Lea and I argued that there are certain advantages to ARMs for consumers (see paper at link), such as a lower mortgage rate on average.

Also, empirically mortgage rates on average fall negating the “fear factor” of mortgage rates rising on an ARM reset.

The latest mortgage applications volumes from the Mortgage Bankers Association shows that the ARM% has dwindled to 2%.

5/1 ARM rates (purple) are currently higher than fixed mortgages rates. The 15-year mortgage rate is the lowest.

Yes, it is A Farewell To ARMs, but not as Ernest Hemingway envisioned.

Hispanic Homeownership In USA Highest EVER As Hispanic Wage Growth Soars (Also Highest Ever)

There is a lot to celebrate in the housing market, particularly for Hispanic households.

Hispanic (Latino) homeowership has soared to its highest level in history, surpassing even the peak of the housing bubble in 2005-2007. The primary driver of the record Hispanic homeownership rates is soaring Hispanic wage growth YoY.

Black homeownership rates have also soared in 2020.

It is indeed a better world when minorities can share in the American Dream of homeownership and rising earnings.

Where Will Mortgage Rates Be In Three Years? Hint: Right Where They Are Now Because The Fed Isn’t Going Anywhere Until 2023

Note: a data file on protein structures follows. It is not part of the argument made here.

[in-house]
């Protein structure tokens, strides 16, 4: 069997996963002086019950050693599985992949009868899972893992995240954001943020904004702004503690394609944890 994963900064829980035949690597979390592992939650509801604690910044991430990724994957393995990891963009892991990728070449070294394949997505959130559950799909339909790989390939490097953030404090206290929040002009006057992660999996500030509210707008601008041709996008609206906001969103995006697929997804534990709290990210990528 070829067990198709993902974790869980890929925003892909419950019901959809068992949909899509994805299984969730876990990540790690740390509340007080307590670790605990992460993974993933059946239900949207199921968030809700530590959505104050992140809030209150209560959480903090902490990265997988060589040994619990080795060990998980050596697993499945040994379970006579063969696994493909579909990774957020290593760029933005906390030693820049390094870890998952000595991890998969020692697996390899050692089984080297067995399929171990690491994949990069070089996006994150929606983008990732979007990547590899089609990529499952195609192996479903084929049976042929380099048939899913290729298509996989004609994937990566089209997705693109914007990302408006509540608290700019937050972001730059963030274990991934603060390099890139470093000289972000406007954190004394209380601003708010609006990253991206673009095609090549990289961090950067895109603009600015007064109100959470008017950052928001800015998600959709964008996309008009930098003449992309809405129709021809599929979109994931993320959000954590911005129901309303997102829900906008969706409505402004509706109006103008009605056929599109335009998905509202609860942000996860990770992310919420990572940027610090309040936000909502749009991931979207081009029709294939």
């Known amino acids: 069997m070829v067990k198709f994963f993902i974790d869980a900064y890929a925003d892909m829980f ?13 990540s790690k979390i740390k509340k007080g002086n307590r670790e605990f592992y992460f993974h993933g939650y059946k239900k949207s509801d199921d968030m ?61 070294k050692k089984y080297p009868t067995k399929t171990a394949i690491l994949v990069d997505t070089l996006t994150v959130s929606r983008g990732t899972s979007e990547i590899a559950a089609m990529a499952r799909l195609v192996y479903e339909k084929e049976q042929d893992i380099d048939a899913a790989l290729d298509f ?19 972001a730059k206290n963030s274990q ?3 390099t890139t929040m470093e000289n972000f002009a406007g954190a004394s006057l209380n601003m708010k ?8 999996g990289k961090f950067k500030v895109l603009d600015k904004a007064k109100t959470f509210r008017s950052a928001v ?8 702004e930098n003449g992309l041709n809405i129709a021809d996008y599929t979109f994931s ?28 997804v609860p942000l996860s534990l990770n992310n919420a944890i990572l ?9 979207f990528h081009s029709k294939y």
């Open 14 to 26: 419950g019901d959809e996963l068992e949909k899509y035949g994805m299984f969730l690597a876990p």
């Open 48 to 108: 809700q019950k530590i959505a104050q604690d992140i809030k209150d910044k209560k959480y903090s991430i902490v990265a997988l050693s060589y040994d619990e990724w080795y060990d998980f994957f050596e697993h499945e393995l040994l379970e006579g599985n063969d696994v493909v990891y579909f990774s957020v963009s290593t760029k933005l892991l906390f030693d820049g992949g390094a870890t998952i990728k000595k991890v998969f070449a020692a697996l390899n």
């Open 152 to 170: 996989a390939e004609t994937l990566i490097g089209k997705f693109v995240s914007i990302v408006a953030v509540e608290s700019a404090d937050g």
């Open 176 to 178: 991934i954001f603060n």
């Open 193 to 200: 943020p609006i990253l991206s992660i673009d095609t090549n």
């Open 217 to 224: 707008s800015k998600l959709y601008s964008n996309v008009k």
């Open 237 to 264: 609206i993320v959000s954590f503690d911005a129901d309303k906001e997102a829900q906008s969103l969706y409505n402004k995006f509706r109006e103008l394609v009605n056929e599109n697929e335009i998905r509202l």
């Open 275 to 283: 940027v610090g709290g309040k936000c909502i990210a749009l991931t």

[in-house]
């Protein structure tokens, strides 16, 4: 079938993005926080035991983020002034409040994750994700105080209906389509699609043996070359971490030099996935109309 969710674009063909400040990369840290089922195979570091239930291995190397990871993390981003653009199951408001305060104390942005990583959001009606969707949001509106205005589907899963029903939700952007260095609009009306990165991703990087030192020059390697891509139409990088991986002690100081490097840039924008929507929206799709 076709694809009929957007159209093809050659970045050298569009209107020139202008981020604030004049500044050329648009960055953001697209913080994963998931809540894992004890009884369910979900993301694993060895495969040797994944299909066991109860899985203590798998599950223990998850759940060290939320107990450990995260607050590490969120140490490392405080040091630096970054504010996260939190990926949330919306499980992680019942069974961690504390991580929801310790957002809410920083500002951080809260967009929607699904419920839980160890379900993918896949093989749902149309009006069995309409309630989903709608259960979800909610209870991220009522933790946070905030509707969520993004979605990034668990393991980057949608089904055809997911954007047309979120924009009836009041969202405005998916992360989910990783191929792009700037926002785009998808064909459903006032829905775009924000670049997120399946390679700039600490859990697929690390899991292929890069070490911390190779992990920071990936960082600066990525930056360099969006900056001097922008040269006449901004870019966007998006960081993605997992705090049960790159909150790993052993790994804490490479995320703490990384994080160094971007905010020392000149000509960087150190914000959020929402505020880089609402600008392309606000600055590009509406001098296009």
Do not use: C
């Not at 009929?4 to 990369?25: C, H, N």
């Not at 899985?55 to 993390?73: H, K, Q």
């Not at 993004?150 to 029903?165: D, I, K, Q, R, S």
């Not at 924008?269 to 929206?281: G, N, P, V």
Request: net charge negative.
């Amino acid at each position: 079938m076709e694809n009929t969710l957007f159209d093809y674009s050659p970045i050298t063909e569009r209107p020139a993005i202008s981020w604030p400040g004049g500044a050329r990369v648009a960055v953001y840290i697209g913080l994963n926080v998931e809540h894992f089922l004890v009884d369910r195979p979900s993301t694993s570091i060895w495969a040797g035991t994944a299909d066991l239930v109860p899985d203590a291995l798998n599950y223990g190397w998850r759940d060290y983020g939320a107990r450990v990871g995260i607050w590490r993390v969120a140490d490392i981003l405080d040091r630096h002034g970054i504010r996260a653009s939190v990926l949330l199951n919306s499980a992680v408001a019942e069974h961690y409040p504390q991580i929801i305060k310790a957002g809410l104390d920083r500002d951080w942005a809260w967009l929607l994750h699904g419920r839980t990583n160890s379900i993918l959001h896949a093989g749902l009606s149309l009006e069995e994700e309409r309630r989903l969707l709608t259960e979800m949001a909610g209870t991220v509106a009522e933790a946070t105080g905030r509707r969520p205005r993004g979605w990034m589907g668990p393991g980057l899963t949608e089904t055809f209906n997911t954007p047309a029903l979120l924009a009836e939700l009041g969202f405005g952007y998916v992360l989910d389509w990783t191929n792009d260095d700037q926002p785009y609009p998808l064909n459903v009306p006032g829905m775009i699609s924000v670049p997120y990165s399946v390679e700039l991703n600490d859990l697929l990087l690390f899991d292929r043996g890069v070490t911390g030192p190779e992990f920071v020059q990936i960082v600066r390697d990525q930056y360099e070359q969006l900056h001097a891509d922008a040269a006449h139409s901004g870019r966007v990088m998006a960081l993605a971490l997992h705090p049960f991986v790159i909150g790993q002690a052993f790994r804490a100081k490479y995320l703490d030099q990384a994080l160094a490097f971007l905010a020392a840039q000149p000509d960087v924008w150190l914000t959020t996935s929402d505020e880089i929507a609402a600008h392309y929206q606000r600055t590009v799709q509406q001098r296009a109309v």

One question that is often asked if “Where Will Mortgage Rates Be In Three Years?”

Take a look at Freddie Mac’s 30Y mortgage survey rate (white line) and M2 Money Velocity (green line). And then overlay The Federal Reserve Balance Sheet, pushing down the benchmark 10Y Treasury Note yield. It is clear that mortgage rates aren’t going up anytime soon.

Look at home price growth and The Fed’s balance sheet. As the Fed began shrinking its balance sheet in 2018 and then the Case-Shiller home price index growth rate started falling … then recovered as The Fed threw more gas on the fire.

Gold? There is also a positive relation to The Fed’s balance sheet.

The Fed isn’t going until at least 2023. So, The Fed is here to stay, distorting markets and prices.

Rock and roll, hoochie koo.

MBA Mortgage Refi Applications UP 8.23% WoW While Purchase Apps DOWN -1.42% (Mortgage Credit Availability Sinks)

I was watching Stuart Varney on Fox Business and he excitedly announced that MBA applications were up 4.56% WoW in the latest MBA report.

True, but applications for a purchase mortgage were down -1.42% WoW.

But refinancing application were up 8.23% WoW as mortgage rates continue to fall since the Covid outbreak.

Mortgage credit availability plunged as mortgage rates hit all-time low.